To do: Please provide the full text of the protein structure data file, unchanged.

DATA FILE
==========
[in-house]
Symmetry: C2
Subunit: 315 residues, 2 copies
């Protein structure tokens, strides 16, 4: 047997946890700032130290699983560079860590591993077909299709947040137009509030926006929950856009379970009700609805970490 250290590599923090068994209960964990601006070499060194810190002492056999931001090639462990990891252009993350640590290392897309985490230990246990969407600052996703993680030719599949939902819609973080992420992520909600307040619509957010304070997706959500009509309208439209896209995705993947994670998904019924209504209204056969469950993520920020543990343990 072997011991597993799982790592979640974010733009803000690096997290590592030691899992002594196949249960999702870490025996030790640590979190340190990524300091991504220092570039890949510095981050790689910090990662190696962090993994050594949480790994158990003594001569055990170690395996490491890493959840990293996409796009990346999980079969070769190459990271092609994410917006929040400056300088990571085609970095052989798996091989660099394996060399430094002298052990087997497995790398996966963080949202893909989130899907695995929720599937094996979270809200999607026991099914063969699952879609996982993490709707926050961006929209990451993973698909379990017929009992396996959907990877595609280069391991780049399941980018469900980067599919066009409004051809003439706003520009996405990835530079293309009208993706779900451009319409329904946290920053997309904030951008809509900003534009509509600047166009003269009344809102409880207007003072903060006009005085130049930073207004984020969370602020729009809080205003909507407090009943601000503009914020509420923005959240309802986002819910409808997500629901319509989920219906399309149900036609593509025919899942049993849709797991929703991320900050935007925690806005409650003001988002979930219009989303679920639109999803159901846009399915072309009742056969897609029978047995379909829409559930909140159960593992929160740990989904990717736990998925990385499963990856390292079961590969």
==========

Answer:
[in-house]
Symmetry: C2
Subunit: 315 residues, 2 copies
């Protein structure tokens, strides 16, 4: 047997946890700032130290699983560079860590591993077909299709947040137009509030926006929950856009379970009700609805970490 250290590599923090068994209960964990601006070499060194810190002492056999931001090639462990990891252009993350640590290392897309985490230990246990969407600052996703993680030719599949939902819609973080992420992520909600307040619509957010304070997706959500009509309208439209896209995705993947994670998904019924209504209204056969469950993520920020543990343990 072997011991597993799982790592979640974010733009803000690096997290590592030691899992002594196949249960999702870490025996030790640590979190340190990524300091991504220092570039890949510095981050790689910090990662190696962090993994050594949480790994158990003594001569055990170690395996490491890493959840990293996409796009990346999980079969070769190459990271092609994410917006929040400056300088990571085609970095052989798996091989660099394996060399430094002298052990087997497995790398996966963080949202893909989130899907695995929720599937094996979270809200999607026991099914063969699952879609996982993490709707926050961006929209990451993973698909379990017929009992396996959907990877595609280069391991780049399941980018469900980067599919066009409004051809003439706003520009996405990835530079293309009208993706779900451009319409329904946290920053997309904030951008809509900003534009509509600047166009003269009344809102409880207007003072903060006009005085130049930073207004984020969370602020729009809080205003909507407090009943601000503009914020509420923005959240309802986002819910409808997500629901319509989920219906399309149900036609593509025919899942049993849709797991929703991320900050935007925690806005409650003001988002979930219009989303679920639109999803159901846009399915072309009742056969897609029978047995379909829409559930909140159960593992929160740990989904990717736990998925990385499963990856390292079961590969």